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ivy

ivy, name applied loosely to any trailing or climbing plant, particularly cultivated forms, but more popularly a designation for Hedera helix, the so-called English ivy, and some related species of the family Araliaceae (ginseng family). Native to Europe and temperate Asia, English ivy is a woody evergreen vine, usually sterile, whose berries contain the poisonous principle hederin. Grown in numerous varieties, it is the most popular house and wall vine. The Boston, or Japanese, ivy (Parthenocissus tricuspidata, of Japan and China) and the American ivy, or Virginia creeper (P. quinquefolia, of North America), are similar species of the family Vitaceae (grape family). Both are sometimes called ampelopsis, a name usually reserved for another related genus. Kenilworth ivy, Cymbalaria muralis, of the family Scrophulariaceae (figwort family) is common to old ruins in Europe; it is often cultivated as a ground cover. Ivy was sacred to Bacchus and was associated with various pagan religions. It was formerly hung as a tavern sign in England. Ivy is classified in the division Magnoliophyta, class Magnoliopsida. The ginseng family ivies are in the order Umbellales, the grape family ivies in the order Rhamnales, and the figwort family ivies in the order Scrophulariales.

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ivy

ivy in classical times, the ivy was sacred to Bacchus (the thyrsus was sometimes wreathed with ivy). A branch or bush of ivy was the traditional sign of a vintner's shop or tavern, giving rise to the expression good wine needs no bush.

Ivy was sometimes regarded as unlucky, and is traditionally opposed to the holly at times of celebration.
Ivy League a group of long-established universities in the eastern US having high academic and social prestige. It includes Harvard, Yale, Princeton, and Columbia. The term refers to the ivy traditionally growing over the walls of these establishments.

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ivy

i·vy / ˈīvē/ • n. a woody evergreen climbing plant (genus Hedera, family Araliaceae), typically having shiny, dark green five-pointed leaves. Several species include the common English ivy (H. helix), often seen climbing on tree trunks and walls. ∎  used in names of similar climbing plants, e.g., poison ivy, Boston ivy.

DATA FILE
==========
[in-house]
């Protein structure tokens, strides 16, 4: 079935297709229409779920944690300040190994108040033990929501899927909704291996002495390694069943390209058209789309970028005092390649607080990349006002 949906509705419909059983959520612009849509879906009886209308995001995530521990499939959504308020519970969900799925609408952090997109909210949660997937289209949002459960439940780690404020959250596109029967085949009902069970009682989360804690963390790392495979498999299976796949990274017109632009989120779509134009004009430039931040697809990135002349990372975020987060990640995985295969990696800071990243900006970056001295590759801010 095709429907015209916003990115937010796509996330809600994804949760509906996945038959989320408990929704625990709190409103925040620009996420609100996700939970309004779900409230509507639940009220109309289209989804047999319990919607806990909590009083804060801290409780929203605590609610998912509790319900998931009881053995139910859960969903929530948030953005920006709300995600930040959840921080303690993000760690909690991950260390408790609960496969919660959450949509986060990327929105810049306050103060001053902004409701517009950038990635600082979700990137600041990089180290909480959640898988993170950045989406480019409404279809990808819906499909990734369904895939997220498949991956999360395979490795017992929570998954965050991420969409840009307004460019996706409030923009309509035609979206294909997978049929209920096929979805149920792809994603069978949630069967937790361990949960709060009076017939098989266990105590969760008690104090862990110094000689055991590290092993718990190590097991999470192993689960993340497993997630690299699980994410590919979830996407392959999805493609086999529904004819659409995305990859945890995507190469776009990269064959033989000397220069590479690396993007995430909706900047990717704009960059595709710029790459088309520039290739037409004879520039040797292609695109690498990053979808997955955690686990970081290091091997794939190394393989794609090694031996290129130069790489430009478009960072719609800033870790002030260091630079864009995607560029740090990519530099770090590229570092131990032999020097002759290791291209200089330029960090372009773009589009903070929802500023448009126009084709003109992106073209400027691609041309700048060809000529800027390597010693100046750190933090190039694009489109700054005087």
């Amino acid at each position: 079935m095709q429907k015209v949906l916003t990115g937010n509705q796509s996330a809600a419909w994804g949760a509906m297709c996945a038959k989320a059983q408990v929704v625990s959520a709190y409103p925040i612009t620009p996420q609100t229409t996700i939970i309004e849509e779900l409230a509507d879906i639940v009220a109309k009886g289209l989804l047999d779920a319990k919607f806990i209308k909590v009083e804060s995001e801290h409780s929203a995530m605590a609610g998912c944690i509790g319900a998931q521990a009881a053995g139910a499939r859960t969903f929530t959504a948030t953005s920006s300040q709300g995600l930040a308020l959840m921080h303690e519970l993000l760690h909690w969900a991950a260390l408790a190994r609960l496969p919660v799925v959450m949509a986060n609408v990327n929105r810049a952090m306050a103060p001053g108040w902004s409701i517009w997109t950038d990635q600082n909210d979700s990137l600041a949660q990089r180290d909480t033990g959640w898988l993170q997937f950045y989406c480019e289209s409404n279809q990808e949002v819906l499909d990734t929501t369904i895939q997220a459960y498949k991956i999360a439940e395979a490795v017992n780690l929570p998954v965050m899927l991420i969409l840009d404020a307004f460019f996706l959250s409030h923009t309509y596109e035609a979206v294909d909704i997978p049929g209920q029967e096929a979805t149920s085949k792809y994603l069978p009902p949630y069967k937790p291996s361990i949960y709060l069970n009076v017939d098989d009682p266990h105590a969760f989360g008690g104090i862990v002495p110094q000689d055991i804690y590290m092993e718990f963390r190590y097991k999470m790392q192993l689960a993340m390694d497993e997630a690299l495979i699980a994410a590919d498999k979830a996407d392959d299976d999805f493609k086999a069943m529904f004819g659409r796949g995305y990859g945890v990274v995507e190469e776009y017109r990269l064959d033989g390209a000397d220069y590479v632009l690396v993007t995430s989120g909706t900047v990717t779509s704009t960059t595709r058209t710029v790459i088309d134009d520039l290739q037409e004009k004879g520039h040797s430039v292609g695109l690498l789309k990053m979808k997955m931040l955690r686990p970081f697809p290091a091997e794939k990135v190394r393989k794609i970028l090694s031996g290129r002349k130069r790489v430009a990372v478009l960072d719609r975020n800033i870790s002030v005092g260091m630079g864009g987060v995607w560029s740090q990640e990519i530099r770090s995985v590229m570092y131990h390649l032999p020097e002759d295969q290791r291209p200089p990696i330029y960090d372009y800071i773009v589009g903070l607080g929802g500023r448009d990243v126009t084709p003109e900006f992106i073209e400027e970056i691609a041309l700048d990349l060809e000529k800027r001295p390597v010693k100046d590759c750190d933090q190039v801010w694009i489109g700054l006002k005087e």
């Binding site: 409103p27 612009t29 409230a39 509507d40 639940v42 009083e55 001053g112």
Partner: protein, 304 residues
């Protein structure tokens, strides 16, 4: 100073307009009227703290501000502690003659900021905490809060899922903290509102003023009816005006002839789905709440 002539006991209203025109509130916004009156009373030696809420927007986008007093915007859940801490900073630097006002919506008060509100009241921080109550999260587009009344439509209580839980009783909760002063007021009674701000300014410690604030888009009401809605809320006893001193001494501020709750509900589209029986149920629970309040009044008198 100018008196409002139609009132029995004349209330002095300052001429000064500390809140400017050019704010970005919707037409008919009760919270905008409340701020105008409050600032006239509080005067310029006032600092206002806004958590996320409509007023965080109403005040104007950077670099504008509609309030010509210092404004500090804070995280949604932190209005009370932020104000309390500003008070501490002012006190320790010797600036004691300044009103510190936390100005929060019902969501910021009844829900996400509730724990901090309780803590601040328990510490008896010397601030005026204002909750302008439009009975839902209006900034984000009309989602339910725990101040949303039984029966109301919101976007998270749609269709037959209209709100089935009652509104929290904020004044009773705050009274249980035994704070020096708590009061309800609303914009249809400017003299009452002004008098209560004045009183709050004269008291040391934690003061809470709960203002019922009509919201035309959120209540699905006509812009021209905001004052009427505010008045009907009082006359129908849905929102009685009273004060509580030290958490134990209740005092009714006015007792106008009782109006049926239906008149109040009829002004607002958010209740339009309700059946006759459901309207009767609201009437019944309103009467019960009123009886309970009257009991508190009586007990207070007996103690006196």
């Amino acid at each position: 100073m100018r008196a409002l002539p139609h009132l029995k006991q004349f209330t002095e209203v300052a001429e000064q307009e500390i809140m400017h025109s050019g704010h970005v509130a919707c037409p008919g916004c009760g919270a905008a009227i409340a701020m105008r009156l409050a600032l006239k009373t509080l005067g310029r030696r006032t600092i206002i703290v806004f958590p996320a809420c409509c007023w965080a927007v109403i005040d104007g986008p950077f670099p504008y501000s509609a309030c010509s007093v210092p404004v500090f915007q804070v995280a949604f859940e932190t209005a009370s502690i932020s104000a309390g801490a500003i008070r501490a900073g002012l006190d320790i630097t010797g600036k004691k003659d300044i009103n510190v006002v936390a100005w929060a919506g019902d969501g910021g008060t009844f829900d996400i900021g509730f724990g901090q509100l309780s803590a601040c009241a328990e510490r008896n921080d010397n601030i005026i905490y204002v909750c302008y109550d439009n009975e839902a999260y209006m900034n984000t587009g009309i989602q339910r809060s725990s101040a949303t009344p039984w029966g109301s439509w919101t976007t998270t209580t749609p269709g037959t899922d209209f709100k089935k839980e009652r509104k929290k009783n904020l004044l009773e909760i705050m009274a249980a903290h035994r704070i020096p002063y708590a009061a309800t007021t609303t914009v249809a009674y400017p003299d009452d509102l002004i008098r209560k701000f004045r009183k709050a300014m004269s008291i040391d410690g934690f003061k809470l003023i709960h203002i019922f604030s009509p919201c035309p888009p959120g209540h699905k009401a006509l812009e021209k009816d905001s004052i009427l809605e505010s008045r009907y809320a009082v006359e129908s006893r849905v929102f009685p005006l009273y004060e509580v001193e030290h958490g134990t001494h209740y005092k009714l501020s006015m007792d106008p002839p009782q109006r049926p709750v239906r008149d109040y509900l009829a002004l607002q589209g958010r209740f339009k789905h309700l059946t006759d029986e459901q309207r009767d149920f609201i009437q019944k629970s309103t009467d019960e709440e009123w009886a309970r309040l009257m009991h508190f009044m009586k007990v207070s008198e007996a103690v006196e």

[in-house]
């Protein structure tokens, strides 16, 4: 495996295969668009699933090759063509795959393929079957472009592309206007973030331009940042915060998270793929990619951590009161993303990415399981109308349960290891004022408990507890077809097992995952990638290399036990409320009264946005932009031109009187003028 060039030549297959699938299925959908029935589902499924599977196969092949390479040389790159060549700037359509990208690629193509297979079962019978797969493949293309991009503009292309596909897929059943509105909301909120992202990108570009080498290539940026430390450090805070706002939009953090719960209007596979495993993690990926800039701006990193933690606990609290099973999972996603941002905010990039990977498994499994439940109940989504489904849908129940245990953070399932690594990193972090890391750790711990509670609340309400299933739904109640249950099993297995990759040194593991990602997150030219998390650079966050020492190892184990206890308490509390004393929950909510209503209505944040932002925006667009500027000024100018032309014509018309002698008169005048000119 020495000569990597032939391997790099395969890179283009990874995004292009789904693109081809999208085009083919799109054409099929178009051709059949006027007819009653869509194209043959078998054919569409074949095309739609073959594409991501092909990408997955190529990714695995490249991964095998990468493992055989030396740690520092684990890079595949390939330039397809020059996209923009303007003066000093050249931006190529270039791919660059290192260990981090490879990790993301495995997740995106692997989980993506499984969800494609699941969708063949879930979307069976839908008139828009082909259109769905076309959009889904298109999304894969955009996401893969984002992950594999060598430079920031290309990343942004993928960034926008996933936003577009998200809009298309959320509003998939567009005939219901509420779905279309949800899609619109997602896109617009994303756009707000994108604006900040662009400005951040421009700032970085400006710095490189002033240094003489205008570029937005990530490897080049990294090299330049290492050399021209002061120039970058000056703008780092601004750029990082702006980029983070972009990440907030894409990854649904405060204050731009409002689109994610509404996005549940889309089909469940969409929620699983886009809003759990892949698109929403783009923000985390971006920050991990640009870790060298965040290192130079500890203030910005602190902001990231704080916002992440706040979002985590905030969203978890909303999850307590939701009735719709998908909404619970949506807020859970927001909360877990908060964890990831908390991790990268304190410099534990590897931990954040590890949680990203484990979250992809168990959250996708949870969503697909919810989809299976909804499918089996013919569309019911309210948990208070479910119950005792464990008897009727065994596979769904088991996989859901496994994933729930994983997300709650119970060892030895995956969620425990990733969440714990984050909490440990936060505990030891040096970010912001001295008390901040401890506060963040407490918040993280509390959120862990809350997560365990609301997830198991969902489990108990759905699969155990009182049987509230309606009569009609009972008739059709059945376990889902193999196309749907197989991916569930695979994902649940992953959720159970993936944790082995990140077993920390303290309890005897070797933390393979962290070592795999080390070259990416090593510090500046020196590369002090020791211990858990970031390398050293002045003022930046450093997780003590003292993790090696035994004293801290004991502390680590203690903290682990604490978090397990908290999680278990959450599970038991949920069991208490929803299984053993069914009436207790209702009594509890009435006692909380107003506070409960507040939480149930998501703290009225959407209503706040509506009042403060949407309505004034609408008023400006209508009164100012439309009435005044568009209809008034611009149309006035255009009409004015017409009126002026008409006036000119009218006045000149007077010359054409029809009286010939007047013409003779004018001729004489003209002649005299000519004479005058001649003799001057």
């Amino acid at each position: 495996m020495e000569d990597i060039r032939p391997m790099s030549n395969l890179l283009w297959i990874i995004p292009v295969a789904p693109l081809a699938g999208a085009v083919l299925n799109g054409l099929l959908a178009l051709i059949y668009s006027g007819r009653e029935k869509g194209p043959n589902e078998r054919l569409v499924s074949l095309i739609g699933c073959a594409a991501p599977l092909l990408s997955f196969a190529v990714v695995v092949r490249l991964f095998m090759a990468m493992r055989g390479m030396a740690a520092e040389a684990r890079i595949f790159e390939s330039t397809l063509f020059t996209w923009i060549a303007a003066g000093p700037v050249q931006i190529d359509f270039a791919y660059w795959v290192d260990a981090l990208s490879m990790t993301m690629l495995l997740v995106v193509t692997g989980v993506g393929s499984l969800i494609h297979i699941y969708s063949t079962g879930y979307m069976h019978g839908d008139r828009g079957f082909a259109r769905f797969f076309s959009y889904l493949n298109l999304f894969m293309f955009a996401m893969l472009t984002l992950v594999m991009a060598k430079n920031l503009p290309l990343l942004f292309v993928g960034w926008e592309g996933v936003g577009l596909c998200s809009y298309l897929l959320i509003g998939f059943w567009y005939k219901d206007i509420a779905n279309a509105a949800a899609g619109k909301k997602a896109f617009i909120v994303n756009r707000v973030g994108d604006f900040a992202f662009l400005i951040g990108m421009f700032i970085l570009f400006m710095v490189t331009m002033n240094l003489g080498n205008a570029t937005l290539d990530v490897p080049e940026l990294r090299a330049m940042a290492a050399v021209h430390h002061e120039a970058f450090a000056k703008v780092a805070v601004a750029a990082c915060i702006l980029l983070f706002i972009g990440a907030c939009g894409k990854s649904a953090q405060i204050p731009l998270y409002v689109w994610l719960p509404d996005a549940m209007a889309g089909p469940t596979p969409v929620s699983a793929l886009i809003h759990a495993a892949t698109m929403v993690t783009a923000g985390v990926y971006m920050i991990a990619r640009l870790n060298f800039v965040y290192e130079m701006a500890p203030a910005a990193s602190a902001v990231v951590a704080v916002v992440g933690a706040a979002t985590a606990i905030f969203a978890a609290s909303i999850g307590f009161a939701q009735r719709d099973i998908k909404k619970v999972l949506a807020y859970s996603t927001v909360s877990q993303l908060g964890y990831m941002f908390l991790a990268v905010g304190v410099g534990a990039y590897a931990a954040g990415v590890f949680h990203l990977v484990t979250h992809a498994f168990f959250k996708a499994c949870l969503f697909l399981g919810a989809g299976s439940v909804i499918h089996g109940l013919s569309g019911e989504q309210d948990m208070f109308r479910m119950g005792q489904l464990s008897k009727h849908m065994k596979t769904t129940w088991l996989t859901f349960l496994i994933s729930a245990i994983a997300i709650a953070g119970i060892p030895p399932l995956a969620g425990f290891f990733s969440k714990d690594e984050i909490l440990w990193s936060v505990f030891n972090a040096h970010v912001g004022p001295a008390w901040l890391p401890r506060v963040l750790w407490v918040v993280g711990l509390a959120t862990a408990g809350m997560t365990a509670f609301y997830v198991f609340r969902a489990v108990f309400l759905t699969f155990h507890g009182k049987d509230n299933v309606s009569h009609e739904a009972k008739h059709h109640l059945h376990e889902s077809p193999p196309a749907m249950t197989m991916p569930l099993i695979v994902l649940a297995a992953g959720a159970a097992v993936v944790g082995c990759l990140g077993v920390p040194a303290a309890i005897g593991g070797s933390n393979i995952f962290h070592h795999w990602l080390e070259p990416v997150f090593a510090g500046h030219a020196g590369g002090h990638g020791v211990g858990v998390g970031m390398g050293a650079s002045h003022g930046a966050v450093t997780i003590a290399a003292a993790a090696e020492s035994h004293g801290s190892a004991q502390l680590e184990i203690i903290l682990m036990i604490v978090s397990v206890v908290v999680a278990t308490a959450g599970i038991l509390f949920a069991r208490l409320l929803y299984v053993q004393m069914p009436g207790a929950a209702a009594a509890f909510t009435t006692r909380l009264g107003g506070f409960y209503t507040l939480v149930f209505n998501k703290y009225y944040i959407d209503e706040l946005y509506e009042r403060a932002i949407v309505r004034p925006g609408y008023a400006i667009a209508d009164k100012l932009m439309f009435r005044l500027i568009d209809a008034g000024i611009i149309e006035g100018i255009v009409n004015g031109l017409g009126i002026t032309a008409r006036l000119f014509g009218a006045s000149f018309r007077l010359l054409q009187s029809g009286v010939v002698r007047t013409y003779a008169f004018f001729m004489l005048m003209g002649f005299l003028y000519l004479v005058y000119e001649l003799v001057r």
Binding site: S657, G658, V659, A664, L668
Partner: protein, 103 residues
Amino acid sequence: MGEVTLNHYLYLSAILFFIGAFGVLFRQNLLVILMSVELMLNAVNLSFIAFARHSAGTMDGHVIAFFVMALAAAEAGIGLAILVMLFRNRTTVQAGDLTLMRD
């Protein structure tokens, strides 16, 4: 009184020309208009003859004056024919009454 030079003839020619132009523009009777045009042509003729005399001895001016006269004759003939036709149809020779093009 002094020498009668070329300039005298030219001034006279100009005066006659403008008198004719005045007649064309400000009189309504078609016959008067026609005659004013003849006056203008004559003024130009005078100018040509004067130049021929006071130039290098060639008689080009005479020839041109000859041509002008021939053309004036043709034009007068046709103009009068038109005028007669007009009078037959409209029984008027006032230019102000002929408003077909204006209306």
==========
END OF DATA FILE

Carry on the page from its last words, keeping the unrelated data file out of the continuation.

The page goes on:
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ivy

ivy Woody, evergreen vine, native to Europe and Asia. Its long, climbing stems cling to upright surfaces, such as trees or walls, by aerial roots. The common English ivy (Hedera helix) is propagated by cuttings and grows outdoors in moist shady or sunny areas. Family Araliaceae.

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ivy

ivy OE. īfiġ, obscurely rel. to OHG. ebah and the first el. of MLG. iflōf, iwlōf, LG., Du. eilof (enlarged with the word LEAF), and OHG. ebahewi, MHG. ebehöu, ephöu, G. efeu (enlarged with the word HAY); of unkn. orig.

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ivy

ivy See HEDERA.

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ivy

ivynavvy, savvy •ave, Garvey, Harvey, larvae, Mojave •bevvy, bevy, Chevy, heavy, levee, Levi, levy, top-heavy •envy •cavy, Davy, Devi, gravy, navy, slavey, venae cavae, wavy •bivvy, chivvy, civvy, divvy, Livy, privy, skivvy, spivvy •Sylvie • ivy • grovy •groovy, movie •covey, lovey, lovey-dovey, luvvy •anchovy • Muscovy • Pahlavi •curvy, Nervi, nervy, scurvy, topsy-turvy

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Ivy

IVY

IVY (Mishnaic) (Heb. קִיסוֹס, kisos, from the Gr. κισσός), Hedera helix, which grows wild in the forests of Israel. It is mentioned in the Mishnah as a plant occasionally grown in a vineyard (Kil. 5:8). Its dense branches are considered a screen (separation) against uncleanliness (Oho. 8:1). It is probable that it was customary to train various clinging plants, including ivy, upon the walls of permanent sukkot, with the result that the Mishnah lays it down that a sukkah over the roof of which ivy has been trailed is invalid (Suk. 1:4). This may be the source of Plutarch's statement that sukkot were made from the branches of vines and ivy, from which he concluded that the Jewish feast of Tabernacles was merely a feast of *Dionysius, to whom ivy was dedicated (Quaestionum Convivialium, cap. 4: problem 6, 671 d). However, Tacitus (Historia 5:5) had rejected the equation of the feast of Dionysius with Tabernacles, although he remarks that the Jewish priests used to be adorned with ivy wreaths. According to the Book of Maccabees (ii Macc. 6:7; cf. iii Macc. 2:29) Antiochus Epiphanes forced the Jews to wear ivy wreaths in honor of Dionysius on the feast of Bacchus.

bibliography:

Loew, Flora, 1 (1928), 219–21; H.N. and A.L. Moldenke, Plants of the Bible (1952), index. add. bibliography: Feliks, Ha-Ẓome'aḥ, 142.

[Jehuda Feliks]

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